Rania Combs Law, PLLC Blog

Latest from Rania Combs Law, PLLC Blog

My mother received a phone call from someone claiming to be an Apple representative. The caller claimed that Apple had detected a breach in my mother’s iCloud account. She asked that my mother provide some sensitive information on the phone and authorize remote access to her computer.

My mother refused. She hung up and called a real Apple support representative,

A Texas durable power of attorney is an important document. It authorizes another person to handle financial affairs on your behalf.

If you don’t have a durable power of attorney and become incapacitated, guardianship may be necessary. Guardianships are expensive and cumbersome and can be avoided with a durable power of attorney.

Generally, you can amend your durable power of

I recently worked with a couple that wanted to make sure that all their worldly possessions passed to the surviving spouse upon their death, and then to their children when both of them died.

Rather than listing out every specific asset they owned, I used a residuary clause to accomplish their goals. They became alarmed when they read their Wills.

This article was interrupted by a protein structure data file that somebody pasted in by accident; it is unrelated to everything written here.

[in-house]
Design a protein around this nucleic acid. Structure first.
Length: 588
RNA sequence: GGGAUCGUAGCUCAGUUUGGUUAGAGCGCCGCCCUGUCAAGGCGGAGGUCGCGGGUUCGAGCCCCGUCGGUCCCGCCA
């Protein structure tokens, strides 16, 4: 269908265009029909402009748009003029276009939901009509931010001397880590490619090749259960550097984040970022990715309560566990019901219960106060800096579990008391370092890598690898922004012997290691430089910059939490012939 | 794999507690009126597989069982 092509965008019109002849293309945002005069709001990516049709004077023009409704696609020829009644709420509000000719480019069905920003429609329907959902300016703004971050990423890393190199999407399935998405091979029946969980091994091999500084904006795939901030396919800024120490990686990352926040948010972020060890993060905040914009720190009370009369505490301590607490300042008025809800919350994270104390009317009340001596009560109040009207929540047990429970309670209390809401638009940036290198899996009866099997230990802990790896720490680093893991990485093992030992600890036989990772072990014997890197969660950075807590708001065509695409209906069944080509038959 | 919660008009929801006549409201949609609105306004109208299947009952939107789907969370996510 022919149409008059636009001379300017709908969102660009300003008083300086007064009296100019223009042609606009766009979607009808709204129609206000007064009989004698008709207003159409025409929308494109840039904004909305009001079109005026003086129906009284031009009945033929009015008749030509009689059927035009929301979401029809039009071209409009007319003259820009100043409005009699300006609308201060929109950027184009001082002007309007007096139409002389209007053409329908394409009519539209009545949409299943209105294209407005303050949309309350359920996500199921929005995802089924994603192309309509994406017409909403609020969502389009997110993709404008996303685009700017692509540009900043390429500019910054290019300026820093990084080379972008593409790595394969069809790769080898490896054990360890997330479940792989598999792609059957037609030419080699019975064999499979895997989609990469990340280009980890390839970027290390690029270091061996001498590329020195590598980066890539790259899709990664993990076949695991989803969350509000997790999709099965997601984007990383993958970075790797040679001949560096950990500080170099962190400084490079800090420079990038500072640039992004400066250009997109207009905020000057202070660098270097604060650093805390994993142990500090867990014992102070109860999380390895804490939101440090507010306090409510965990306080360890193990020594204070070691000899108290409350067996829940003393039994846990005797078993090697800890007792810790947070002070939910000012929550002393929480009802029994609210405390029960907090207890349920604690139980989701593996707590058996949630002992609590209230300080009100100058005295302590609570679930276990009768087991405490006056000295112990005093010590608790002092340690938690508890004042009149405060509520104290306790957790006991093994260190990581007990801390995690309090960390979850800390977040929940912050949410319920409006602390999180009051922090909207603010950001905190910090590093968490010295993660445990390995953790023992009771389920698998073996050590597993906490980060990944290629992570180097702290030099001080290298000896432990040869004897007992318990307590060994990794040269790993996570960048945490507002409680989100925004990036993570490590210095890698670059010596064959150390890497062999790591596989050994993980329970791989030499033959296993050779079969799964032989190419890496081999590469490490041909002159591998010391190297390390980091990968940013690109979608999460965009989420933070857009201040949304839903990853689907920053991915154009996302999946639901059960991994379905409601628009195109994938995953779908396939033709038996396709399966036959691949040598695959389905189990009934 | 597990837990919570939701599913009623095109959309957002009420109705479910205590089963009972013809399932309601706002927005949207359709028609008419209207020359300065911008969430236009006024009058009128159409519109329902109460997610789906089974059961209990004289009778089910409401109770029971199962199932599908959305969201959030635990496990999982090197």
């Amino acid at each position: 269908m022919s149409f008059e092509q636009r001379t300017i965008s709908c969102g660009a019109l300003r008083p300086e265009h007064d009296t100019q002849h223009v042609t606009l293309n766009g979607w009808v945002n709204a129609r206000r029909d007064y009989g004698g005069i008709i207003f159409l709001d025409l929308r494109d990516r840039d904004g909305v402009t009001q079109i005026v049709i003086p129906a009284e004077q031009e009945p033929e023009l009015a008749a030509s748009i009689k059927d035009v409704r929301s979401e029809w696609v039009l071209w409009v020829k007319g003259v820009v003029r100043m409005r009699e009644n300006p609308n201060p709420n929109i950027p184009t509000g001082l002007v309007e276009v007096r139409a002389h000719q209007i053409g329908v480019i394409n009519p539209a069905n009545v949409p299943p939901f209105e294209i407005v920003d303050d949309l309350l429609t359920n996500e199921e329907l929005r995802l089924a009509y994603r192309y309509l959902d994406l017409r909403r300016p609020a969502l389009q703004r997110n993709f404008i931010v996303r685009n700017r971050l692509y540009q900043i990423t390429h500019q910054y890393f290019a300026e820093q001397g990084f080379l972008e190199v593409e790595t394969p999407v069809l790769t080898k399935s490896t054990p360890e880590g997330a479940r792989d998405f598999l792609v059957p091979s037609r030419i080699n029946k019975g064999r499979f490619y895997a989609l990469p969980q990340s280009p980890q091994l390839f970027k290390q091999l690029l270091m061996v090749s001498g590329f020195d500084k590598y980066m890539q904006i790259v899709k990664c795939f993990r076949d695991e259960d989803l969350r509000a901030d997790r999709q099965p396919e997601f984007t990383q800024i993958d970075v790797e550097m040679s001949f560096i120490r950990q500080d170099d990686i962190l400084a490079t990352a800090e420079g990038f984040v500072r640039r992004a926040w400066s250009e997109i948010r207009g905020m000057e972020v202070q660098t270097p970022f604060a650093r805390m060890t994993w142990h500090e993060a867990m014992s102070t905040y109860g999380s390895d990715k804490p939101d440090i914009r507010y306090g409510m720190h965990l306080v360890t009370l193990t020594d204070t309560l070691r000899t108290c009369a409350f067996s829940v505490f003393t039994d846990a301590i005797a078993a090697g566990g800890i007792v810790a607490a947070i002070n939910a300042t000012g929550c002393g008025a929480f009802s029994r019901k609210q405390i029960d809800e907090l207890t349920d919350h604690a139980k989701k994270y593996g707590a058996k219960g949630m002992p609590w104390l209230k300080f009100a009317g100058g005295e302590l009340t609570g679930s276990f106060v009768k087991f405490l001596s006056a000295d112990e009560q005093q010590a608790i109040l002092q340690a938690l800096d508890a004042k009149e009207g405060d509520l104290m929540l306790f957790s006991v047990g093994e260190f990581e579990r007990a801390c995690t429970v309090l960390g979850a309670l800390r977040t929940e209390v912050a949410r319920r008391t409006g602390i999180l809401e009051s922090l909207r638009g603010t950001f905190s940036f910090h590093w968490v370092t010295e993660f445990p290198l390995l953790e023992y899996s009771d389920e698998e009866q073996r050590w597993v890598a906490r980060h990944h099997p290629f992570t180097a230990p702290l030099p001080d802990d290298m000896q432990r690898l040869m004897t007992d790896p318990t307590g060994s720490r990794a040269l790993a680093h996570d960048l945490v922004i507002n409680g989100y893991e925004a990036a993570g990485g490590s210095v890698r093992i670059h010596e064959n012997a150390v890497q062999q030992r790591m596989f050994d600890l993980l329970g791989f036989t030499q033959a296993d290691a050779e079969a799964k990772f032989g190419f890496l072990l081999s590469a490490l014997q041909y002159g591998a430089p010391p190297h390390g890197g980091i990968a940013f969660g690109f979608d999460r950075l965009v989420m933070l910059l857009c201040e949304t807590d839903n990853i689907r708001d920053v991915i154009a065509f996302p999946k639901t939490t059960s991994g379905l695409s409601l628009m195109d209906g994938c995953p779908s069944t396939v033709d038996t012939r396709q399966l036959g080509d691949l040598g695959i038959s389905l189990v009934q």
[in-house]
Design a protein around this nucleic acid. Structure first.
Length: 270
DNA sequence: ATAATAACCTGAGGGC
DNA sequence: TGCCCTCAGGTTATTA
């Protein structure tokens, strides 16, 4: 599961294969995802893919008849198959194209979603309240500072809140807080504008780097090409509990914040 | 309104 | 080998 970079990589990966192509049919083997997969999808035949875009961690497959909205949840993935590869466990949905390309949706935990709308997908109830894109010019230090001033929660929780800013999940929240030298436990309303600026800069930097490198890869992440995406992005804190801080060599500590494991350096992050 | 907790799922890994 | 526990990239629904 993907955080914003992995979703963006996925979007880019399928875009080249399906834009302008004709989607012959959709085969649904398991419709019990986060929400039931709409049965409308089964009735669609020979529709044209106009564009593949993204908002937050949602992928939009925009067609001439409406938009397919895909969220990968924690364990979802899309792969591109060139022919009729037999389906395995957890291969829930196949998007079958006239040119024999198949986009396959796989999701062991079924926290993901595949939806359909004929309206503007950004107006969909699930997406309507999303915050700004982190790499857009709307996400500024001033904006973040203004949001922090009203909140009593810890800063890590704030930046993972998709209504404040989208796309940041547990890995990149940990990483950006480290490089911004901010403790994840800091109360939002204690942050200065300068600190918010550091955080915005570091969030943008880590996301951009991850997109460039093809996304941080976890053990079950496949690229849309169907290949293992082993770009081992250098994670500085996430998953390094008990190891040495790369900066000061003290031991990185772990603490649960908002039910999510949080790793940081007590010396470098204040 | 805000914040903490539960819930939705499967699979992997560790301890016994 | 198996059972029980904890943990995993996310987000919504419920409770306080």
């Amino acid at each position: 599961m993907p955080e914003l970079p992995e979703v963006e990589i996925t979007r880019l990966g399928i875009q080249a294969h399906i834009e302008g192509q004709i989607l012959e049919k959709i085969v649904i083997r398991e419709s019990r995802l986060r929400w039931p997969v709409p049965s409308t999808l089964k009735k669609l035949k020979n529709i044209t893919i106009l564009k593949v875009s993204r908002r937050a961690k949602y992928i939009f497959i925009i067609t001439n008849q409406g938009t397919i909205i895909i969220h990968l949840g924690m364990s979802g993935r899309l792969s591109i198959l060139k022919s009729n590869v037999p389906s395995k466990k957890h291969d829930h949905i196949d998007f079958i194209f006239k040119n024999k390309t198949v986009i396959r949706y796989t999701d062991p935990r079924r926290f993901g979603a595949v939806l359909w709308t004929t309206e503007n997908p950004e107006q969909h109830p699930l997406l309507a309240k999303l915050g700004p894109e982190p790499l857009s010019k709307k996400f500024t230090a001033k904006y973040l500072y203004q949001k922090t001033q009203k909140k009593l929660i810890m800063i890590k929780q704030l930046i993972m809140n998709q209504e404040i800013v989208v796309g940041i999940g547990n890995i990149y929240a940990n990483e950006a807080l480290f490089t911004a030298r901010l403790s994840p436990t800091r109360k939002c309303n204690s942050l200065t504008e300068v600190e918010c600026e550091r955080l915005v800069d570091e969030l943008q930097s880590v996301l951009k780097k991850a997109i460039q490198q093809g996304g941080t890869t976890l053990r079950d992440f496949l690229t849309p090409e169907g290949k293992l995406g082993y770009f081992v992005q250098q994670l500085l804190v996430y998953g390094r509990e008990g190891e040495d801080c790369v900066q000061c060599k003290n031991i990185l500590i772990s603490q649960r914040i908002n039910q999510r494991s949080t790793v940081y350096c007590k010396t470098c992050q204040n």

After reading a post I had written on the risks of do-it-yourself estate planning, a skeptical reader commented that his friend’s situation contradicted my article.

His friend had written a will on a paper towel leaving his entire estate to his girlfriend. His friend’s ex-wife and three children contested the will to no avail. Despite the efforts of four lawyers

NB: This post is part of a series highlighting wills that contain some interesting, and sometimes bizarre, bequests and stipulations. You can see all these posts here.

Leona Helmsley is often referred to as the “Queen of Mean”, but her dog might disagree.

During her life, she dressed her Maltese Terrier, Trouble, in pricey outfits, including a diamond collar, and

I received a note from someone who said he had gone to court to probate his grandparents’ Wills.

His grandparents signed their Wills in the presence of two witnesses; however, the Wills did not include self-proving affidavits. Consequently, the judge told them that the witnesses had to appear in court to prove the Will was valid.

Unfortunately, one of the

A self-proving affidavit is a sworn statement that accompanies a Will. In the case of an attested Will, the testator and all witnesses sign it in the presence of a notary.

The self-proving affidavit affirms that the testator properly signed the Will in the presence of two witnesses.

Is it Necessary to Include a Self-Proving Affidavit?

The absence of a